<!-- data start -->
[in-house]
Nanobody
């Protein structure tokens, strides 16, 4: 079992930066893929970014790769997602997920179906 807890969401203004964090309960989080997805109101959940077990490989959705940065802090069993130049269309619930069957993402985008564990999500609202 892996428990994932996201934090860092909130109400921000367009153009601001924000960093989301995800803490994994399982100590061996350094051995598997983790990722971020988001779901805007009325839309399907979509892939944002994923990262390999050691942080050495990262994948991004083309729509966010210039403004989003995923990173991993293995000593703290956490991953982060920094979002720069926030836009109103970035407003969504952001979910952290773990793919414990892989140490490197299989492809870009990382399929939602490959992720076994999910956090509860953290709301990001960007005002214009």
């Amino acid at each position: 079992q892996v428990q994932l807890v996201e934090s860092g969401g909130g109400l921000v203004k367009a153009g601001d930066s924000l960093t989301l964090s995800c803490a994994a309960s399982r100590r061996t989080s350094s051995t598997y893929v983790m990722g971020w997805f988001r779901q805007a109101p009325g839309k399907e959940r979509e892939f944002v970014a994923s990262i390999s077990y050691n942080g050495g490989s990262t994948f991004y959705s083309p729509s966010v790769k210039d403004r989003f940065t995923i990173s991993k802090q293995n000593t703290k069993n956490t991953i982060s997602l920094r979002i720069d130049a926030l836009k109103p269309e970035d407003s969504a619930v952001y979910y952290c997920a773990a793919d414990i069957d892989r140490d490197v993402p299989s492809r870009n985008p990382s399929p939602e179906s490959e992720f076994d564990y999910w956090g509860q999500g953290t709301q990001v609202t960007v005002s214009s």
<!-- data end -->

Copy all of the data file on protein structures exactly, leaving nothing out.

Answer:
[in-house]
Nanobody
């Protein structure tokens, strides 16, 4: 079992930066893929970014790769997602997920179906 807890969401203004964090309960989080997805109101959940077990490989959705940065802090069993130049269309619930069957993402985008564990999500609202 892996428990994932996201934090860092909130109400921000367009153009601001924000960093989301995800803490994994399982100590061996350094051995598997983790990722971020988001779901805007009325839309399907979509892939944002994923990262390999050691942080050495990262994948991004083309729509966010210039403004989003995923990173991993293995000593703290956490991953982060920094979002720069926030836009109103970035407003969504952001979910952290773990793919414990892989140490490197299989492809870009990382399929939602490959992720076994999910956090509860953290709301990001960007005002214009």
């Amino acid at each position: 079992q892996v428990q994932l807890v996201e934090s860092g969401g909130g109400l921000v203004k367009a153009g601001d930066s924000l960093t989301l964090s995800c803490a994994a309960s399982r100590r061996t989080s350094s051995t598997y893929v983790m990722g971020w997805f988001r779901q805007a109101p009325g839309k399907e959940r979509e892939f944002v970014a994923s990262i390999s077990y050691n942080g050495g490989s990262t994948f991004y959705s083309p729509s966010v790769k210039d403004r989003f940065t995923i990173s991993k802090q293995n000593t703290k069993n956490t991953i982060s997602l920094r979002i720069d130049a926030l836009k109103p269309e970035d407003s969504a619930v952001y979910y952290c997920a773990a793919d414990i069957d892989r140490d490197v993402p299989s492809r870009n985008p990382s399929p939602e179906s490959e992720f076994d564990y999910w956090g509860q999500g953290t709301q990001v609202t960007v005002s214009s």